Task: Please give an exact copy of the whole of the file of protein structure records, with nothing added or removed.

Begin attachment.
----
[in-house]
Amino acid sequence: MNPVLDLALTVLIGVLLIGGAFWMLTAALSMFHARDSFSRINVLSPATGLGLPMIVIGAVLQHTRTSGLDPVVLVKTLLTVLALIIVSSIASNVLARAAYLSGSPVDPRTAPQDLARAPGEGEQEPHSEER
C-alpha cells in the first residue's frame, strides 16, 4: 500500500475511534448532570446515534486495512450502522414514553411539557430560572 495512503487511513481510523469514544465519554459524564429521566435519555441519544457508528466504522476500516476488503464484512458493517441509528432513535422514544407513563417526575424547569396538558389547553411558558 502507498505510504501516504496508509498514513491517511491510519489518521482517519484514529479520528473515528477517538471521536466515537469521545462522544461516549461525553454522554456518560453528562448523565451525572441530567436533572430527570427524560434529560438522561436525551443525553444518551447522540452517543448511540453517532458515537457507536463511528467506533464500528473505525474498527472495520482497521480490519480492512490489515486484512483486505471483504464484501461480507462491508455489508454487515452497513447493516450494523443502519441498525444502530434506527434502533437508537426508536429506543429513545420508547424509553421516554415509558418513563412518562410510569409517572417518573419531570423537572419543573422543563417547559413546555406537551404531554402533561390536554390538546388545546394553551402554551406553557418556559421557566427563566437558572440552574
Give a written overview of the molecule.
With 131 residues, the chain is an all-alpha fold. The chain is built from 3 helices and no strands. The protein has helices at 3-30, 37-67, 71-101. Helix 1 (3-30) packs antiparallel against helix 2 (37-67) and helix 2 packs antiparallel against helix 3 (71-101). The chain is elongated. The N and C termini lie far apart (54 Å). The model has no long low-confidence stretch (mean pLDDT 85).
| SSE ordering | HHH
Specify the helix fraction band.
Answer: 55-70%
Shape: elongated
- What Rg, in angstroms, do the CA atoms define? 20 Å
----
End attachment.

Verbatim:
[in-house]
Amino acid sequence: MNPVLDLALTVLIGVLLIGGAFWMLTAALSMFHARDSFSRINVLSPATGLGLPMIVIGAVLQHTRTSGLDPVVLVKTLLTVLALIIVSSIASNVLARAAYLSGSPVDPRTAPQDLARAPGEGEQEPHSEER
C-alpha cells in the first residue's frame, strides 16, 4: 500500500475511534448532570446515534486495512450502522414514553411539557430560572 495512503487511513481510523469514544465519554459524564429521566435519555441519544457508528466504522476500516476488503464484512458493517441509528432513535422514544407513563417526575424547569396538558389547553411558558 502507498505510504501516504496508509498514513491517511491510519489518521482517519484514529479520528473515528477517538471521536466515537469521545462522544461516549461525553454522554456518560453528562448523565451525572441530567436533572430527570427524560434529560438522561436525551443525553444518551447522540452517543448511540453517532458515537457507536463511528467506533464500528473505525474498527472495520482497521480490519480492512490489515486484512483486505471483504464484501461480507462491508455489508454487515452497513447493516450494523443502519441498525444502530434506527434502533437508537426508536429506543429513545420508547424509553421516554415509558418513563412518562410510569409517572417518573419531570423537572419543573422543563417547559413546555406537551404531554402533561390536554390538546388545546394553551402554551406553557418556559421557566427563566437558572440552574
Give a written overview of the molecule.
With 131 residues, the chain is an all-alpha fold. The chain is built from 3 helices and no strands. The protein has helices at 3-30, 37-67, 71-101. Helix 1 (3-30) packs antiparallel against helix 2 (37-67) and helix 2 packs antiparallel against helix 3 (71-101). The chain is elongated. The N and C termini lie far apart (54 Å). The model has no long low-confidence stretch (mean pLDDT 85).
| SSE ordering | HHH
Specify the helix fraction band.
Answer: 55-70%
Shape: elongated
- What Rg, in angstroms, do the CA atoms define? 20 Å